Yang Chang Fu Tai Chi vs. Cheng Man Ching

Yang Chang Fu Tai Chi vs. Cheng Man Ching

Postby Richard Man » Sun Jul 15, 2001 2:43 am

I have been studying Yang Tai Chi and now Chen Tai Chi (from the same teacher) for 8 years. My experience with Tai Chi people are mainly in the California Bay Area, and my knowledge of Tai Chi beyond the school teachings are practices are mainly from books (including a little in Chinese, but my Chinese isn't very good), magazines etc.

I understand that professor Cheng Man Ching is a very famous Tai Chi teacher, especially in U.S. where his excellency in other matter such as Calligraphy is more well known in, say Taiwan. I have few direct experience w/ the CMC form, having only seen couple of the students who came to our school for brief moment. I do notice that their form is not quite like the Yang forms that we do, which is basically the Yang Cheng Fu forms.

I was discussing Tai Chi via email with someone lately, and I was doing searches on the web and I seem to stumble upon some major philosophical differences between the CMC stylists and other stylists, including Yang stylists.

I am not looking for defamation or any putdown, but just plaintative search for knowledge. I'd appreciate some information on what I observe:

1) It seems that some people claim the original Yang Lu Chan style, contains fa-jing, and that some Yang stylists still practice and teach them.

2) According to Yang Jun's posts that I found on this board. He claims that the Yang Cheng Fu style does not contain Fa-Jing but some of his students put them in.

3) Is it true that (some of? ) the CMC stylists believe in AND ONLY in the softness overcoming the hard. e.g. the most important principle is the 4 ozs deflect a thousand pounds, and that ANY use of speed and strength is considered against the Classics.

4) Some people claim that the Yang fa-jing (when they do them), is different from the fa-jing in the Chen forms. Are there more information on this?

Again, I am looking for more information, not flames. So for example, regarding #3, I am not looking people to say CMC's style is better or worse because of it, I just want confirmation whether it is a correct assesment of the situations.

// richard
Richard Man
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Postby DavidJ » Fri Jul 20, 2001 7:27 pm

Hello Richard,

To answer your questions as best as I can:

1) It seems that some people claim the original Yang Lu Chan style, contains fa-jing, and that some Yang stylists still practice and teach them.

The version of Yang Tai Chi Chuan that the Tung (Dong) family teaches contains Fa Jin. (Yang Chen Fu taught Tung Ying Chieh)

2) According to Yang Jun's posts that I found on this board. He claims that the Yang Cheng Fu style does not contain Fa-Jing but some of his students put them in.

To quote from an article on Yang Jun's other website (http://www.yangstyletaichi.com) "Yang Cheng-Fu's figure is big, his push hand technique is excellent, he is good at neutralizing attacks, and had command of release power "Fa-jing". His Tai Chi appeared gentle and soft on the outside, but was as hard as steel inside."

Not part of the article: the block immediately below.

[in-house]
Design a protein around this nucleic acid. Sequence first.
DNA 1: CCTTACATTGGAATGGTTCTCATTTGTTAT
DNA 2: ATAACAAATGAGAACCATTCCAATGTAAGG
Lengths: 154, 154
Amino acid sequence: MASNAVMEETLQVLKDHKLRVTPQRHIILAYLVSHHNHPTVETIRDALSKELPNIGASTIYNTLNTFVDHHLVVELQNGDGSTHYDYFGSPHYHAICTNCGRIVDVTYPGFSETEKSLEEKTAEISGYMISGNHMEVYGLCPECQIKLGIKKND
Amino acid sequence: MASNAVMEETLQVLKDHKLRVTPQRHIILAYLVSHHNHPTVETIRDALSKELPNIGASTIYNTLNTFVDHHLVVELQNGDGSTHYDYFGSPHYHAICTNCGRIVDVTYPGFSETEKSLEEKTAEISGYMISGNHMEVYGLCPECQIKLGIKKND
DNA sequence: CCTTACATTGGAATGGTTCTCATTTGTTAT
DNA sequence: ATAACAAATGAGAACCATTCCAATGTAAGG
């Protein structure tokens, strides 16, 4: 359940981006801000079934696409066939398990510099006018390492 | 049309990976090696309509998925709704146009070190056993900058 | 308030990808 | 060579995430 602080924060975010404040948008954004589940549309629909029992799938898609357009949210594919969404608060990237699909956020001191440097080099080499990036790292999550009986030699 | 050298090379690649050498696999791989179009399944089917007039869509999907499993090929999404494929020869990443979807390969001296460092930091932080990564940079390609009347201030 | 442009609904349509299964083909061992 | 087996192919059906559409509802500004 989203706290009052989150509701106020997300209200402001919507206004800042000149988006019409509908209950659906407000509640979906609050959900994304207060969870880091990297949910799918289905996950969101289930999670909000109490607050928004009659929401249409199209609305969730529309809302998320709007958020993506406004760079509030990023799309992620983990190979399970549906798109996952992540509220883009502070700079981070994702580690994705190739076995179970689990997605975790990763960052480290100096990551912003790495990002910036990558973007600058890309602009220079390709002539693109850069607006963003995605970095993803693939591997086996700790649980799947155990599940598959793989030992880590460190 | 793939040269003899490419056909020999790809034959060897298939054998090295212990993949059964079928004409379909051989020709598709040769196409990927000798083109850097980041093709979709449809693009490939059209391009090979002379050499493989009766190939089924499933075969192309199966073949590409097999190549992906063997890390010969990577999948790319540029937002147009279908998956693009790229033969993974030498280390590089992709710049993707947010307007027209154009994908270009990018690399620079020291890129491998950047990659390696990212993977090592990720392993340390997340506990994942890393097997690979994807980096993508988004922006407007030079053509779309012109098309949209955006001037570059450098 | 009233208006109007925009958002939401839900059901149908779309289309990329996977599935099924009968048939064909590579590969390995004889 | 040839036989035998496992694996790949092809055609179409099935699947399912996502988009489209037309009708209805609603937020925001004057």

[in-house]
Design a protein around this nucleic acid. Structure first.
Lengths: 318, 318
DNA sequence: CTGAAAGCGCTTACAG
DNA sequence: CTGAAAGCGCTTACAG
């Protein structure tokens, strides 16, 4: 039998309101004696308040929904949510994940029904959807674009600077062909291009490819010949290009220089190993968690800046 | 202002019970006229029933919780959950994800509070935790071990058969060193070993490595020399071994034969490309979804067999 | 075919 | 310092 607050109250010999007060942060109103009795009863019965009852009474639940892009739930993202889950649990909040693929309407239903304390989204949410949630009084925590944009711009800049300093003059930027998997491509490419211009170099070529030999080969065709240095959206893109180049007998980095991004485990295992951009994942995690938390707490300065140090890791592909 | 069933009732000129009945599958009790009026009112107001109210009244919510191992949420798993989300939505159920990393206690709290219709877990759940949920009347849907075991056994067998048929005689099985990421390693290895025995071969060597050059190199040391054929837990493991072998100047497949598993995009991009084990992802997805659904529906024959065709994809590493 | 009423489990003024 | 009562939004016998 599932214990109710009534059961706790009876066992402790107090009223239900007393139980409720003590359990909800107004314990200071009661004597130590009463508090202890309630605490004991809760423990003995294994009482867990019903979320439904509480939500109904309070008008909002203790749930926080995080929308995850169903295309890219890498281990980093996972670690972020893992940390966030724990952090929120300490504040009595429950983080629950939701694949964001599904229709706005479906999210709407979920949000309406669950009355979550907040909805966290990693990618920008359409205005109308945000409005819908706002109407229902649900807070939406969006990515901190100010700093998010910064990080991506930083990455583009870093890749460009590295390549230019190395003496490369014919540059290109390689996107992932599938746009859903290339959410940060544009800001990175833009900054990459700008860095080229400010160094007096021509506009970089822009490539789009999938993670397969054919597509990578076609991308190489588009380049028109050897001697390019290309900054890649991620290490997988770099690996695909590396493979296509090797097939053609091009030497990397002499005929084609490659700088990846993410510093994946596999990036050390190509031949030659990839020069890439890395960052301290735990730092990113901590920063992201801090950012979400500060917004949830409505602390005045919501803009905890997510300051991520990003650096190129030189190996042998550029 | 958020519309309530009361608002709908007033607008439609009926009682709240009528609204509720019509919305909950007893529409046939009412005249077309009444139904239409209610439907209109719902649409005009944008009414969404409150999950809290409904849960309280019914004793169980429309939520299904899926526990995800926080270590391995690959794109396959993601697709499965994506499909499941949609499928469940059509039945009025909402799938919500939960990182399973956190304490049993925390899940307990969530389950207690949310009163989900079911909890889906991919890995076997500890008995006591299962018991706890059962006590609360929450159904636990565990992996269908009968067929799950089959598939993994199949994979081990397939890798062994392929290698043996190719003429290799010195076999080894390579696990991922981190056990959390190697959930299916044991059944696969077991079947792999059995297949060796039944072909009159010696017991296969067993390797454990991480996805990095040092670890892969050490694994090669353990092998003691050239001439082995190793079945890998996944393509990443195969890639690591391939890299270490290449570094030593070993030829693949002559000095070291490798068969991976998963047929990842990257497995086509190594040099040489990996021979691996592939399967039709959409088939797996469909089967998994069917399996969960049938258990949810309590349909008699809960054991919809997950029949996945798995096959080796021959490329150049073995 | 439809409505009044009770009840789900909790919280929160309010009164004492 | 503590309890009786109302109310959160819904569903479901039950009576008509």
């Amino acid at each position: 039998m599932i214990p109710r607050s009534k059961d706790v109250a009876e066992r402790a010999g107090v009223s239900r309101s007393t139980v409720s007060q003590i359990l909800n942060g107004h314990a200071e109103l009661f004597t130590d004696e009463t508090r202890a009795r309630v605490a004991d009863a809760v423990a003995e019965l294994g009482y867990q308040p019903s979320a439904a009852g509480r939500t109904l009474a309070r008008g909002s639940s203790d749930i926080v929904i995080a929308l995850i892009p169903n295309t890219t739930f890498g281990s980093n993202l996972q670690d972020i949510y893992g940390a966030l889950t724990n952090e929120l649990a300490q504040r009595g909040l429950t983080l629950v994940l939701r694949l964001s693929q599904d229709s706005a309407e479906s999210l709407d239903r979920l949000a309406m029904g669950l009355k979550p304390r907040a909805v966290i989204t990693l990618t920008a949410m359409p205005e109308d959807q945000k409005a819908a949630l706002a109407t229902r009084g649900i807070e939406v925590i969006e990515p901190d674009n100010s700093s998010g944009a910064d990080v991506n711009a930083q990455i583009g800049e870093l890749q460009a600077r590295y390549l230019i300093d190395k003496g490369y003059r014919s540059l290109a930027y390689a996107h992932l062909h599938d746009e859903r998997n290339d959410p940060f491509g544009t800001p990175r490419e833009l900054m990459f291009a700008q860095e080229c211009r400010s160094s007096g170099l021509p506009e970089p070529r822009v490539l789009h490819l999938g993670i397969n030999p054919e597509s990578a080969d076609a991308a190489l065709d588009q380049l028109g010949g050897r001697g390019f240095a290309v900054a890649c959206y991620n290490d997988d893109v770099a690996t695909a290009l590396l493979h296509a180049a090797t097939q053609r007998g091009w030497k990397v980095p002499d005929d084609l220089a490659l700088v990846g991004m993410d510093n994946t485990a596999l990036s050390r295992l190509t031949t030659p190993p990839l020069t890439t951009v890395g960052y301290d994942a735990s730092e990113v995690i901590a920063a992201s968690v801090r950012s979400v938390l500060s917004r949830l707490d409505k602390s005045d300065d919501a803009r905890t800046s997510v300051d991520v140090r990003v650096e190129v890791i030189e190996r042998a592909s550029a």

Aparently what Yang Lu Chan and Yang Chen Fu taught in public was good basic form, but their more advanced students progressed beyond this. Remember that Yang Lu Chan was a Chen master. His children and grandchildren, and their advanced students learned what he knew.

3) Is it true that (some of? ) the CMC stylists believe in AND ONLY in the softness overcoming the hard. e.g. the most important principle is the 4 ozs deflect a thousand pounds, and that ANY use of speed and strength is considered against the Classics.

I got that same idea from a local CMC stlist, but I'm not familiar enough with it to comment. There is an article at:
http://adincl.go2net.com/adpopupsite=VA&shape=noshape&border=&area=DIR.R EC&sizerepopup=1&hname=UNKNOWN
which talks about the difference between Yang style and CMC's style.

4) Some people claim that the Yang fa-jing (when they do them), is different from the fa-jing in the Chen forms. Are there more information on this?

From what I understand from friends who do other styles, Fa Jin is Fa Jin no matter what style. There may be slight differences in how it is expressed, as Yang stresses Peng-Jing, Chen involves more spiral techniques, and Wu/Hao stresses open/close techniques.

I hope this helps.


David J

[This message has been edited by DavidJ (edited 07-20-2001).]

[This message has been edited by DavidJ (edited 07-20-2001).]
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Postby Audi » Sat Jul 21, 2001 8:39 pm

Hi Richard,

I would basically support what David has said, but wanted to add a few points.

Many discussion of whether certain features are in a style or not do not adequately distinguish between the style itself and the principle hand form the style uses. Many Yang stylists simply practice "fajin" separately from the form. Yang Zhen Duo demonstrates "fajin" on his video and has done so during seminars, but I can say nothing of his private practice.

Another problem about discussing Yang Cheng Fu's practice is that he apparently changed some aspects of the principal form he taught many times, leading to confusion among some as to which variations should be thought of as the "Yang Cheng Fu" form. If he occasionally continued some of the earlier variations in private or at different locations, or, worse yet, practiced them simultaneously for a time, I can imagine how this itself could give rise to talk of secret and public forms.